where Cocoon 2 already fulfills my needs.

Kevin Ross

==================  Flow Config ==========================

<?xml version="1.0" encoding="UTF-8"?>
    <flowOperation default="true" classname="
    <flowOperation name="loadSubjectListXML">
    <flowOperation name="xsltDisplayTransformation" classname="
    <flowOperation name="xsltContentTransformation" classname="
    <flowOperation name="reflectionContentFlowOperation" classname="
    <!-- the following are the ideas i've come up with  -->
    <!-- 1 (basic) -->
    <flow name="DisplayCreateStudentFlow">
      <flowOperation refname="loadSubjectListXML"/>
      <flowOperation refname="loadClassListXML"/>
      <flowOperation refname="xsltDisplayTransformation">
           <property name="xsltUrl">/jsp/admin/createPerson.xslt</property>

    <!-- 2 (same thing but with reflection so you don't have to create the
controller -->
    <flow name="DisplayCreateStudentFlow">
      <reflectionFlowOperation name="loadSubjectListXML">
        <invoke methodName="getSomeObject" className="
           <parameter name="identity">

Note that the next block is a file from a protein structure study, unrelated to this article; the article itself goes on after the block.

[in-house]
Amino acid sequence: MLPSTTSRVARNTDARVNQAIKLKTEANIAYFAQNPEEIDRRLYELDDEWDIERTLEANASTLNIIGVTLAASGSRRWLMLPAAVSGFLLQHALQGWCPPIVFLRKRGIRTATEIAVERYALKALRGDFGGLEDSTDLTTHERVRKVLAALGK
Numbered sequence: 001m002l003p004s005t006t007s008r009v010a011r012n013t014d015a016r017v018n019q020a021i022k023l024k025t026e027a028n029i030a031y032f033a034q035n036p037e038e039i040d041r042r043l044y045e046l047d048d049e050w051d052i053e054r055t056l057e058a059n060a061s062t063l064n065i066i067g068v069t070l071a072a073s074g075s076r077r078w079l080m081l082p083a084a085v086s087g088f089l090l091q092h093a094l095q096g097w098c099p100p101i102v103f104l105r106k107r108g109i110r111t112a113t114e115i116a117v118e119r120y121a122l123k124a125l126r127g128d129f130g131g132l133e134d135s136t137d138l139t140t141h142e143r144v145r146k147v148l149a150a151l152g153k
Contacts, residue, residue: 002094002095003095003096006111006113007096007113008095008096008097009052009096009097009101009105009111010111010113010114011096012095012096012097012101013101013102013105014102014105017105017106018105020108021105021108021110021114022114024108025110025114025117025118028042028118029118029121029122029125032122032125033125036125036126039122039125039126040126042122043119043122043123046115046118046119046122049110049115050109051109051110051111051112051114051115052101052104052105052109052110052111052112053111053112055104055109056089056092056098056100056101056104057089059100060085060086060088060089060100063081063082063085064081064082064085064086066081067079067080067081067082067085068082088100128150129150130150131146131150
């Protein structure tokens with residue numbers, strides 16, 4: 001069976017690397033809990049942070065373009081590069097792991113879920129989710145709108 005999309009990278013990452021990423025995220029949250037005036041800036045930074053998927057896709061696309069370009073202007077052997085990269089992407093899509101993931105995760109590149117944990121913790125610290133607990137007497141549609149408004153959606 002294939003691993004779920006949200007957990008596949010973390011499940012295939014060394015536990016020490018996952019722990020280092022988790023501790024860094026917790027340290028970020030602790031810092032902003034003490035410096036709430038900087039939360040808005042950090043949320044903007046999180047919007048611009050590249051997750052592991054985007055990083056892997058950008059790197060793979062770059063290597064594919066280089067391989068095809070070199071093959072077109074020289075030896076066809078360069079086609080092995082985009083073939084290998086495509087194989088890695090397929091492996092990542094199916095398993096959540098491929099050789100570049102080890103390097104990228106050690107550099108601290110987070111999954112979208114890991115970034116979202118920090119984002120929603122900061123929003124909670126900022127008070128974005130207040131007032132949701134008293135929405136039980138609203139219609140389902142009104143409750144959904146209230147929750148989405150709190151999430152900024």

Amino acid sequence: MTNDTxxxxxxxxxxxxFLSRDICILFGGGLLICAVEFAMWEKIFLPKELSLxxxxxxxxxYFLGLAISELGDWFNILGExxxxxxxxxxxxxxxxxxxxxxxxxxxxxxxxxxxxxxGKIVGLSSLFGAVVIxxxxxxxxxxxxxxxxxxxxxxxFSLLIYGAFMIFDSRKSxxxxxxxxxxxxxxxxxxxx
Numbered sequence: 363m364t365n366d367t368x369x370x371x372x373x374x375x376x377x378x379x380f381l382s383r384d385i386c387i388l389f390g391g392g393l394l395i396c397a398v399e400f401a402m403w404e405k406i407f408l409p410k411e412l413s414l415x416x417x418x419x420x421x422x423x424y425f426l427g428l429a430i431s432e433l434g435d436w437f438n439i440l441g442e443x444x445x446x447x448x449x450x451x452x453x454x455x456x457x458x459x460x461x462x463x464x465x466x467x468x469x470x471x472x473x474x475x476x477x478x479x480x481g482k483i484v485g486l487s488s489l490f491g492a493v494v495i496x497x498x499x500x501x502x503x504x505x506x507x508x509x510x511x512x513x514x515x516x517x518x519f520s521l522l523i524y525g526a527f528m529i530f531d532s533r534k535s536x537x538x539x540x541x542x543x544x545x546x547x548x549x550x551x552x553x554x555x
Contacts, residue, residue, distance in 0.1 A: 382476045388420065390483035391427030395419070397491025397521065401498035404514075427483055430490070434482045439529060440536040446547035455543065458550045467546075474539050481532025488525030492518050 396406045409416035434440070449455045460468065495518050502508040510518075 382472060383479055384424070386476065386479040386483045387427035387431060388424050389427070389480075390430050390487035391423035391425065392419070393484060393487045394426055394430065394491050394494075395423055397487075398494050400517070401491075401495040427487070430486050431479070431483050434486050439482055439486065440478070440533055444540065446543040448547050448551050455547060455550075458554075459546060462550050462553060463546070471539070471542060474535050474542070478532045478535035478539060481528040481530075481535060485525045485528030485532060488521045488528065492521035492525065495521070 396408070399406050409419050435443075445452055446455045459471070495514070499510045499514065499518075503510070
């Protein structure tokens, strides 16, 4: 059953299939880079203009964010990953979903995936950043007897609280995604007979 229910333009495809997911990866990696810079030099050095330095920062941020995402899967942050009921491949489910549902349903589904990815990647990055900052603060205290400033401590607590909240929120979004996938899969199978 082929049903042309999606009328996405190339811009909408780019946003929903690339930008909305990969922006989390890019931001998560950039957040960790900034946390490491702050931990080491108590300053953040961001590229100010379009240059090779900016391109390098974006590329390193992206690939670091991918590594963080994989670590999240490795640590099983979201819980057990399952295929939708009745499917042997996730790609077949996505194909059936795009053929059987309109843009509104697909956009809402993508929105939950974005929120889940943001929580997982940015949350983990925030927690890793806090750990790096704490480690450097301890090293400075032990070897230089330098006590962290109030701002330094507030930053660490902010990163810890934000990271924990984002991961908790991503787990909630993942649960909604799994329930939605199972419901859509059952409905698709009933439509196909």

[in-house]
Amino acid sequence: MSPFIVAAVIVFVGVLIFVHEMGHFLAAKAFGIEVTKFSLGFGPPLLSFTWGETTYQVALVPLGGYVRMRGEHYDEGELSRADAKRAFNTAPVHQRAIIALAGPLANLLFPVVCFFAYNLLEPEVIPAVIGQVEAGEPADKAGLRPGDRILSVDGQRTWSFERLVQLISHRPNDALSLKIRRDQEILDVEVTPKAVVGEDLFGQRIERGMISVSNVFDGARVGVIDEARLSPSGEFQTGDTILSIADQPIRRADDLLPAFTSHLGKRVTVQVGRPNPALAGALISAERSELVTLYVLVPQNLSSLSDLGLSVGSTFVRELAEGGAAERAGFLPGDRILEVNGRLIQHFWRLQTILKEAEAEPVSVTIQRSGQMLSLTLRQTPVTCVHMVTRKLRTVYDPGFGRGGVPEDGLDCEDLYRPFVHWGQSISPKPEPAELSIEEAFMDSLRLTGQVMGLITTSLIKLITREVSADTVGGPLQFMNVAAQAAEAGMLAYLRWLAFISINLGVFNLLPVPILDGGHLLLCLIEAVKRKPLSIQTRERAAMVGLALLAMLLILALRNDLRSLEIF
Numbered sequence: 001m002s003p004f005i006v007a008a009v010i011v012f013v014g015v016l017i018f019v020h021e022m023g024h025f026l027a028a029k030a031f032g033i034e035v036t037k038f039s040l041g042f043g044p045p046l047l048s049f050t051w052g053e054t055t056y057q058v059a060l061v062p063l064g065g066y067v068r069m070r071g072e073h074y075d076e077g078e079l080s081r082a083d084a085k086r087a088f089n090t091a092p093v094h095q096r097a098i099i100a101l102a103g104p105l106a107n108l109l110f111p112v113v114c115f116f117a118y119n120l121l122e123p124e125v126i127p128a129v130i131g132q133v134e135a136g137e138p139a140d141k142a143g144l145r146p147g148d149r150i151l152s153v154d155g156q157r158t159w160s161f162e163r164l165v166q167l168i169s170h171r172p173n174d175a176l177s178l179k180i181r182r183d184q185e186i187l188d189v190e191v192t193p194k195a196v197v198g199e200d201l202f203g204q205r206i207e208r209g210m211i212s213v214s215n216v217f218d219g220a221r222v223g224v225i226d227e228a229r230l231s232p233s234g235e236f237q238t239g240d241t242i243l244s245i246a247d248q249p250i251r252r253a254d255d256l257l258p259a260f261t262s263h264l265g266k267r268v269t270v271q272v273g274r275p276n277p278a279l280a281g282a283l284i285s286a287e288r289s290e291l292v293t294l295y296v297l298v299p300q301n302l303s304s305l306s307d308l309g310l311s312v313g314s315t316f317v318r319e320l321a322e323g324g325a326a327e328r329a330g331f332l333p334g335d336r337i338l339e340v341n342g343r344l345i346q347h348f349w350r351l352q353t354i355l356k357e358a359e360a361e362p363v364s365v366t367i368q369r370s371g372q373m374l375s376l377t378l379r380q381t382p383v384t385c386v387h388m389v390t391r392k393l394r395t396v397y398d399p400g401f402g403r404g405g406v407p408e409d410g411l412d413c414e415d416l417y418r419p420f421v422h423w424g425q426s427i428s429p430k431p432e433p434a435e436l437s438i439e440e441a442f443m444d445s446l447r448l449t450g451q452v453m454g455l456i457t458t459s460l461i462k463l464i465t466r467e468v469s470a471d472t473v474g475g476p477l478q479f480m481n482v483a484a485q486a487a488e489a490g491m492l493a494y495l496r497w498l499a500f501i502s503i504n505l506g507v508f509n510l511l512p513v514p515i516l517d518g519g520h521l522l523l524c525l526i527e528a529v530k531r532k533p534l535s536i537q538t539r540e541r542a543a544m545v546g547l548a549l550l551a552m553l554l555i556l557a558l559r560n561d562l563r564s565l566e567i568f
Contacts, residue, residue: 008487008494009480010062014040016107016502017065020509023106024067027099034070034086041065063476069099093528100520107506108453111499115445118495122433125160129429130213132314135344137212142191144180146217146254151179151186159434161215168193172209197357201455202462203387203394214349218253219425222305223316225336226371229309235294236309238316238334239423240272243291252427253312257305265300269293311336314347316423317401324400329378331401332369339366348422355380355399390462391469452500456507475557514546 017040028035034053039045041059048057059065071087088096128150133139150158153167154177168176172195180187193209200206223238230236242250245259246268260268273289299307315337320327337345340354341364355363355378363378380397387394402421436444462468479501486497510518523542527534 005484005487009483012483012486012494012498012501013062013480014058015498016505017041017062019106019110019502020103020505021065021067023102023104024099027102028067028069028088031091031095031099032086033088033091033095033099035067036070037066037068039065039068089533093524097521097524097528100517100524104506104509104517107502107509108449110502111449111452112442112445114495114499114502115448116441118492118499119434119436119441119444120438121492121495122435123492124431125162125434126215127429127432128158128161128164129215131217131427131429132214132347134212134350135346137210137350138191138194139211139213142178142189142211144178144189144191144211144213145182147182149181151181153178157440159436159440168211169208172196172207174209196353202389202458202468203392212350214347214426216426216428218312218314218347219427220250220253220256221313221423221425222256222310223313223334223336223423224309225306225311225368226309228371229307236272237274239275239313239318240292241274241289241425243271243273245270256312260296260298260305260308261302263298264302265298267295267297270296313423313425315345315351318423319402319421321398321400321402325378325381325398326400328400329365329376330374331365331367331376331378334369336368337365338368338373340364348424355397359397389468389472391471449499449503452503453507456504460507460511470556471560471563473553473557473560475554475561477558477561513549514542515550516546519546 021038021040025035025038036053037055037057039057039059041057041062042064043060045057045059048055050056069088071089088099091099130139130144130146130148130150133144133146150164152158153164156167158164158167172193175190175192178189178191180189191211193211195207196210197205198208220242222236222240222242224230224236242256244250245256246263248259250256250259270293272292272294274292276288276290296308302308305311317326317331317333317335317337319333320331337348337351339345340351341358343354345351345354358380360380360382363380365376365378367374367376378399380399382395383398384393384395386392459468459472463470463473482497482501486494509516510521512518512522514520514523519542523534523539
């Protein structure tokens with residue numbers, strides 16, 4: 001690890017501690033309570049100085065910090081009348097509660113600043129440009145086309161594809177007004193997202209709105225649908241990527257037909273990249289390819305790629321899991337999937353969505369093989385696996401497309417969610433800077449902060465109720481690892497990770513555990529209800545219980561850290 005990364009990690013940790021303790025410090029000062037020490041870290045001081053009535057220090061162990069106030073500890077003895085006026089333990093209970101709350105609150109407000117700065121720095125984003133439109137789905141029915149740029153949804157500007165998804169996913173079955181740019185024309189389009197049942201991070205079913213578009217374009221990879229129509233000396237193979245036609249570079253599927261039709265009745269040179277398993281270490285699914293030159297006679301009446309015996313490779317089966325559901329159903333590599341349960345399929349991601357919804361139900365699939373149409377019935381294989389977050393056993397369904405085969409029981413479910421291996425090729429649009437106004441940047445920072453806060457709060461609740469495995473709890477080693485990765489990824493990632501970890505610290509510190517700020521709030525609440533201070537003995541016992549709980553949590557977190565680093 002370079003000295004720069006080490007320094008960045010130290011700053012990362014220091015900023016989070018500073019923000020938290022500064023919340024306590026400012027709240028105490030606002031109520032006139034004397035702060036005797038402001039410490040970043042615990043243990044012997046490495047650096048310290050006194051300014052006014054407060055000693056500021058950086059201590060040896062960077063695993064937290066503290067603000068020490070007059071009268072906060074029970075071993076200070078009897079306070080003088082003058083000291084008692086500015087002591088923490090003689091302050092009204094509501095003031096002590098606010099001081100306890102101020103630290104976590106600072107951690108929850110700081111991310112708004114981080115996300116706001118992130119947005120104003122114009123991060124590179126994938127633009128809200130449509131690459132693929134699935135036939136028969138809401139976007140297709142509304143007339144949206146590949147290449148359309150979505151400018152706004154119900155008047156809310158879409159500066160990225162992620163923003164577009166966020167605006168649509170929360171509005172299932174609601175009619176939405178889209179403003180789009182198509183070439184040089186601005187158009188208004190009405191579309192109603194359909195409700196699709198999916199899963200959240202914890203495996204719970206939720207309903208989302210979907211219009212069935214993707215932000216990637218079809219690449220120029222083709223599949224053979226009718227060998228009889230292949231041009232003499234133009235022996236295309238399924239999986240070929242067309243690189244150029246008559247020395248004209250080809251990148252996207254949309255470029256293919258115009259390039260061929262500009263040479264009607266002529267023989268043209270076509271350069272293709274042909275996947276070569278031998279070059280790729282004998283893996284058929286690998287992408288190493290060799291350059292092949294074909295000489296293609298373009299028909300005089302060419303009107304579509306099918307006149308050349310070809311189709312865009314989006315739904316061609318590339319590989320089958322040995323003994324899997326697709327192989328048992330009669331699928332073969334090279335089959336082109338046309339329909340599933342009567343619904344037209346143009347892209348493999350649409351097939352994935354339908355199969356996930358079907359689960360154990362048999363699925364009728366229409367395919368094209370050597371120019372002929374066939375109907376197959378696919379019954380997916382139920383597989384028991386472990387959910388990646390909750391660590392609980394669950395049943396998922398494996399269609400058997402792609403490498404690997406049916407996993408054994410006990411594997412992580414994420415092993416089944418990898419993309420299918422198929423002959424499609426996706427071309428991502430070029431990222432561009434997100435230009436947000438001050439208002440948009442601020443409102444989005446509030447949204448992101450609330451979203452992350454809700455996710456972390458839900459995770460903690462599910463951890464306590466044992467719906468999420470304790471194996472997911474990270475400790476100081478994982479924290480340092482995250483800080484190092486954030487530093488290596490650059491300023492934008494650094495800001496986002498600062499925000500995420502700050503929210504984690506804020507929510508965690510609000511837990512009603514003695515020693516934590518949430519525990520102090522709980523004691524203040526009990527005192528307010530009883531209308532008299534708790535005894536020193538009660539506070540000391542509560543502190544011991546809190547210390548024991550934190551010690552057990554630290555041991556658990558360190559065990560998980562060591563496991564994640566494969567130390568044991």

<value><!-- value is dynamically derived from posted variables
               <invoke methodName="getParameter" className="
java.servlet.http.HttpServletRequest"> <!-- also thought about calling this
an <implicitObjectInvokation name="request"> -->
                 <parameter name="parameterName">
                   <value>PersonIdentity</value> <!-- html form variable
name -->
      <flowOperation refname="loadClassListXML"/>
      <flowOperation refname="xsltDisplayTransformation">
           <property name="xsltUrl">/jsp/admin/createPerson.xslt</property>

                    Predescu             To:     Stefano Mazzocchi <>
                    <ovidiu@cup.hp       cc:            
                    .com>                Subject:     [Schecoon] flow control layer (WAS
Re: [RT] Sources and Drains (long response))         
                    Sent by:                                                             
                    02:12 PM